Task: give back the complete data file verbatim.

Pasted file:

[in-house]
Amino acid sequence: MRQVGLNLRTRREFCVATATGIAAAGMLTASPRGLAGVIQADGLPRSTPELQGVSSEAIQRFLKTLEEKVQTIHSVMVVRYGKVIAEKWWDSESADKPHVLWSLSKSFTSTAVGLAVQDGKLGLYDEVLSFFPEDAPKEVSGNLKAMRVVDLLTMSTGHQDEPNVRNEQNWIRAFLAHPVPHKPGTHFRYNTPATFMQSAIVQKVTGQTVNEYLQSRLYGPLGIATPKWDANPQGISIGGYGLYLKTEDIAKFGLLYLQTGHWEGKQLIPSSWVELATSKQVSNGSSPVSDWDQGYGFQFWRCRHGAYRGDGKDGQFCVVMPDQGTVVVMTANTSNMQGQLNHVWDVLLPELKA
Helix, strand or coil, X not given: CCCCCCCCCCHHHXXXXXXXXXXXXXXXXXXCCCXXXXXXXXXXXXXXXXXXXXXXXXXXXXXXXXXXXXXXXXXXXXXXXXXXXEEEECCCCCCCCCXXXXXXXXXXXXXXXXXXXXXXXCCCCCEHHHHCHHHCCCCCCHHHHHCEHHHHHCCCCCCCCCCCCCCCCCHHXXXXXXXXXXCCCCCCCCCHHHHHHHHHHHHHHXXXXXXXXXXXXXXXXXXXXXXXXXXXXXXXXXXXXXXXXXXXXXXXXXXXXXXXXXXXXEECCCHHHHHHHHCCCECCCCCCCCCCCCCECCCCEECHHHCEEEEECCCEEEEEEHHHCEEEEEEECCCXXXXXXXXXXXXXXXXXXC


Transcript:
[in-house]
Amino acid sequence: MRQVGLNLRTRREFCVATATGIAAAGMLTASPRGLAGVIQADGLPRSTPELQGVSSEAIQRFLKTLEEKVQTIHSVMVVRYGKVIAEKWWDSESADKPHVLWSLSKSFTSTAVGLAVQDGKLGLYDEVLSFFPEDAPKEVSGNLKAMRVVDLLTMSTGHQDEPNVRNEQNWIRAFLAHPVPHKPGTHFRYNTPATFMQSAIVQKVTGQTVNEYLQSRLYGPLGIATPKWDANPQGISIGGYGLYLKTEDIAKFGLLYLQTGHWEGKQLIPSSWVELATSKQVSNGSSPVSDWDQGYGFQFWRCRHGAYRGDGKDGQFCVVMPDQGTVVVMTANTSNMQGQLNHVWDVLLPELKA
Helix, strand or coil, X not given: CCCCCCCCCCHHHXXXXXXXXXXXXXXXXXXCCCXXXXXXXXXXXXXXXXXXXXXXXXXXXXXXXXXXXXXXXXXXXXXXXXXXXEEEECCCCCCCCCXXXXXXXXXXXXXXXXXXXXXXXCCCCCEHHHHCHHHCCCCCCHHHHHCEHHHHHCCCCCCCCCCCCCCCCCHHXXXXXXXXXXCCCCCCCCCHHHHHHHHHHHHHHXXXXXXXXXXXXXXXXXXXXXXXXXXXXXXXXXXXXXXXXXXXXXXXXXXXXXXXXXXXXEECCCHHHHHHHHCCCECCCCCCCCCCCCCECCCCEECHHHCEEEEECCCEEEEEEHHHCEEEEEEECCCXXXXXXXXXXXXXXXXXXC